Monday, 17 October 2011

Moving Home Advise For Your Pet

One of life's biggest stresses is moving home. This applies to your pet as well. The different sounds, sights and smells of the new house can be very upsetting for them. It may take up to a few weeks for them to settle in to their new surroundings. The journey, however short or long, can also be very traumatic for animals. Obviously we know what's going on and that the trip will end with us being settled into a new home. Your pet however doesn't know this, so be patient with them and try to follow the tips listed below.

• Keep your pet secure in one room while you are doing all the packing and unpacking. Put their food and water bowls in the same room along with their bedding, toys etc. With the upheaval they'll sense that something is changing which might make them want to go and hide in the garden or at a neighbour's, so keeping them in one area is strongly advised.

• Don't clean your pet's favourite toys and bedding before you move, so that it keeps the familiar smells for them when they're in the new home.

• Don't feed your pet too soon before leaving your home on the day you move, three hours before should be fine. If your pet suffers from travel sickness this will only add to their distress. Consult your vet if travel sickness medication is required.

• Before and after the move use a calming pet spray or diffuser like Feliway

for cats.

• All pets like routine as this makes them feel secure. Try to stick to your normal patterns leading up to the move and as soon as possible after you're in your new home.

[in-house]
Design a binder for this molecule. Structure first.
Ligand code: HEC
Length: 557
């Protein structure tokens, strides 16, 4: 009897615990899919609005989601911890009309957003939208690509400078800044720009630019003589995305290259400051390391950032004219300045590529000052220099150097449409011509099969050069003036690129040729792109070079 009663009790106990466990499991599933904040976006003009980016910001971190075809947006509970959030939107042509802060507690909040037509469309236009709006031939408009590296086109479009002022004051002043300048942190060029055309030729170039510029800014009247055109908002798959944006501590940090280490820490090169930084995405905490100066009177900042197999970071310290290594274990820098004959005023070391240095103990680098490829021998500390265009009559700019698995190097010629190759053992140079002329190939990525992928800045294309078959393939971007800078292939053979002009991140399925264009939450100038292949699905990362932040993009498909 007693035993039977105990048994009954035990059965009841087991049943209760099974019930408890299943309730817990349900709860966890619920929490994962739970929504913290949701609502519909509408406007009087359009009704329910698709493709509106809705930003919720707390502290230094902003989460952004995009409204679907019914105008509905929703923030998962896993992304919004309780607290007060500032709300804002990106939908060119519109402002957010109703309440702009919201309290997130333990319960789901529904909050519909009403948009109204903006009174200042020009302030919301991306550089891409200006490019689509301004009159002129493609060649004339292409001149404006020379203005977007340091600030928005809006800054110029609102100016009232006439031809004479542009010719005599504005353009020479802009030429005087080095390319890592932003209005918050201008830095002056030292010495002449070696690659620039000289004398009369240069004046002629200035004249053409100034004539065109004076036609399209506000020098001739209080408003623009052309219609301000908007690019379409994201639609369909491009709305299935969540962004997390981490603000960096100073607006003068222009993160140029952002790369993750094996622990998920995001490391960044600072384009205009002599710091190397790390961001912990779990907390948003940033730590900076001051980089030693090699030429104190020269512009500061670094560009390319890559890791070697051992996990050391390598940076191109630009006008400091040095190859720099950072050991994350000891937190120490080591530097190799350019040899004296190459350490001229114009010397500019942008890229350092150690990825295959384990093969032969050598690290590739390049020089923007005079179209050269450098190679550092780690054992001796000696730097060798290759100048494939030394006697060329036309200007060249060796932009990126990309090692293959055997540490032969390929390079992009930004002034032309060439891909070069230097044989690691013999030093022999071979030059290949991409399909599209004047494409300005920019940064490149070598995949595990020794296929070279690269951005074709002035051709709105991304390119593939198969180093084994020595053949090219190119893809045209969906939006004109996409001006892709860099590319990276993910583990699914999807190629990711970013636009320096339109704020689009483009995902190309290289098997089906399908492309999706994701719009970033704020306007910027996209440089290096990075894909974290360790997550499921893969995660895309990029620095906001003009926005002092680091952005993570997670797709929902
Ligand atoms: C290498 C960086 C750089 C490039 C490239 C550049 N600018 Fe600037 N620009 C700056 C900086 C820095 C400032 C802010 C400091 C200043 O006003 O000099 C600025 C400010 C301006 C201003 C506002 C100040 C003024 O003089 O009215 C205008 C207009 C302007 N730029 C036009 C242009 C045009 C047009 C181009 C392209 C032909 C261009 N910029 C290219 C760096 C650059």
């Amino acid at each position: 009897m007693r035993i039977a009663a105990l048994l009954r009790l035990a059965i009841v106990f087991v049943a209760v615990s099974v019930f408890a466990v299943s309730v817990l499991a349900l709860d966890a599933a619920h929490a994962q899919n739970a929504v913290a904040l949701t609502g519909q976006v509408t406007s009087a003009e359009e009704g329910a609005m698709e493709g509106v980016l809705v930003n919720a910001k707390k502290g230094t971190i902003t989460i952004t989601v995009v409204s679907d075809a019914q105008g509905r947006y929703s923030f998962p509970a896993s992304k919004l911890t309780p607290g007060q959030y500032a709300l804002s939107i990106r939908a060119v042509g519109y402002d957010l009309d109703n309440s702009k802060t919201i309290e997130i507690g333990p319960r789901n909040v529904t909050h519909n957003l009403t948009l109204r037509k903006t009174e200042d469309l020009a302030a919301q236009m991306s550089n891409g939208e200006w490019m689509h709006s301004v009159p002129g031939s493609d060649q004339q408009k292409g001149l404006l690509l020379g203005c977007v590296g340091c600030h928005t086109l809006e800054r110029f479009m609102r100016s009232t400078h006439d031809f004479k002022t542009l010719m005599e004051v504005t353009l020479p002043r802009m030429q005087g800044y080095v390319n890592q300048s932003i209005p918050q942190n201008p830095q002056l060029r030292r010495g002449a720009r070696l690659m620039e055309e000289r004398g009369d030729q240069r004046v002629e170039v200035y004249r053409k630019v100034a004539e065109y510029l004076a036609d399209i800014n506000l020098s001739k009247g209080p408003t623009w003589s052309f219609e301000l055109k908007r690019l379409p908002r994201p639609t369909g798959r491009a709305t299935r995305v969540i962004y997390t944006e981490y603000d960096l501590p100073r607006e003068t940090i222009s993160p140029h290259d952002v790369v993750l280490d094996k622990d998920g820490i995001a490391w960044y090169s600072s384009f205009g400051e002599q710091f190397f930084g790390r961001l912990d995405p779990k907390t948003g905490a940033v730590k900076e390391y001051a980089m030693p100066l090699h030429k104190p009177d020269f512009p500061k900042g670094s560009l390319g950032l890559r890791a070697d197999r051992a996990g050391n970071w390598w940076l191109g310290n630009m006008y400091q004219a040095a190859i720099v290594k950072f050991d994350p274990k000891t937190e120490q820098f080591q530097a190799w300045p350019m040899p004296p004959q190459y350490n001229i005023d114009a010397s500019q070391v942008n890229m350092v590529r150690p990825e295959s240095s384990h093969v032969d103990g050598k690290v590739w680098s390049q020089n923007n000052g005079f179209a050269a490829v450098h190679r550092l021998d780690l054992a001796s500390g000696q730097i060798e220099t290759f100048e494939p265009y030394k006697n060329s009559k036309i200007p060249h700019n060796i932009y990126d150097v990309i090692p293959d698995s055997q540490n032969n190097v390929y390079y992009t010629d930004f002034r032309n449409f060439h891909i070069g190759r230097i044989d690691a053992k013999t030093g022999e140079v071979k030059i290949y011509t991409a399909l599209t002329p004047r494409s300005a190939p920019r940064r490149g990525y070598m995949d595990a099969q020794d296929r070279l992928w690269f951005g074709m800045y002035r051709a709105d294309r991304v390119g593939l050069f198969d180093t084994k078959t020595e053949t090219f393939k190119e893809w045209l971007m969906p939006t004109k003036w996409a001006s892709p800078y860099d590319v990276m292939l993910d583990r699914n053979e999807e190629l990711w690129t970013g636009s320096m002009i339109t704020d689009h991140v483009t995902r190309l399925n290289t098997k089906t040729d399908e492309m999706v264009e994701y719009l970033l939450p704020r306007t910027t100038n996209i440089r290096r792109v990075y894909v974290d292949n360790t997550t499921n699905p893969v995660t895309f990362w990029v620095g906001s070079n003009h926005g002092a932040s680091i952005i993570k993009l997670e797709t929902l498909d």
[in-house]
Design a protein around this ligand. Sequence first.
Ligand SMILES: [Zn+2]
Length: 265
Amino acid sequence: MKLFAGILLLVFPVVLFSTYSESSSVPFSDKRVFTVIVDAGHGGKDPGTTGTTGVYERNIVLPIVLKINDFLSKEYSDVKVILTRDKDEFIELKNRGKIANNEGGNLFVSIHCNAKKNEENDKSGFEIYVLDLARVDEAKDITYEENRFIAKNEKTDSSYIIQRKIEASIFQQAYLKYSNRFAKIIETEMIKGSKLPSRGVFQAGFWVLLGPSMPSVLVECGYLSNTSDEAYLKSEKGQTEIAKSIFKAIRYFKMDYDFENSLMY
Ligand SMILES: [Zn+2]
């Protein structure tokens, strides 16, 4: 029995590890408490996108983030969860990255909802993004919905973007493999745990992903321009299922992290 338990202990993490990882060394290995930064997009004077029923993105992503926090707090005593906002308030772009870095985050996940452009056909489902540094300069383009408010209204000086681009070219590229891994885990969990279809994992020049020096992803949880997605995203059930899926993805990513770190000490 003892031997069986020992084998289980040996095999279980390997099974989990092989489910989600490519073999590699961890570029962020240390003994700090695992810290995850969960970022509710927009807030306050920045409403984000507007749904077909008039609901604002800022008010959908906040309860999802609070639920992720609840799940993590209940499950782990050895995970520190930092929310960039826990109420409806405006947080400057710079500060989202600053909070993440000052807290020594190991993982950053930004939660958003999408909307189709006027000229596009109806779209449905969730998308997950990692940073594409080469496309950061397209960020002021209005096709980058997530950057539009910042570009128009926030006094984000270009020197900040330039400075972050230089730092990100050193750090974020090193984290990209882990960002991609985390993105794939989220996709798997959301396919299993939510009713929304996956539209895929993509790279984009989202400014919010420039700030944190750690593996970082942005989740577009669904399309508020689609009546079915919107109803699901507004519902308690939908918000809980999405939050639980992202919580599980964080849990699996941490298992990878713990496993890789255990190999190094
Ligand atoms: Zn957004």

• Give your pet lots of attention before, during and after your move as while you're packing he might think that he's being left behind and not coming with you.

• If you're really worried about your pet during all the disruption of packing up your home, you could consider using a kennel or cattery for a few days, especially if they've been there before and enjoyed it. Keep in mind that you'll have to book your pet in some time in advance and you'll need to make sure that all their vaccinations are up to date, as decent establishments will request to see a vaccination certificate. Another idea is to ask a family member or friend that your pet is comfortable with to house them for a week or so, just whilst you're moving and unpacking the other end. Your pet will then only have to cope with one trip to their new home after you have dealt with the dreaded moving in day and unpacked.

• It's strongly advisable for a few weeks after you have moved to keep your pet indoors, because their natural instinct may be to try to find their way back to their original home. For dogs going outside, make sure you go with them and that they are wearing an up-to-date identity collar. Microchipping is also a good idea for any pets that go outside. Don't let dogs off the lead until they have had time to get used to their local parks and landmarks. Cats are best kept indoors again for a few weeks until they have also gotten used to their surroundings and scents.

• Don't forget you will need to find the best vet in your area. Ask around at local pet shops, your neighbours or dog walkers/carers in the area. Also ensure your pet records are sent from your old vet to the new one.

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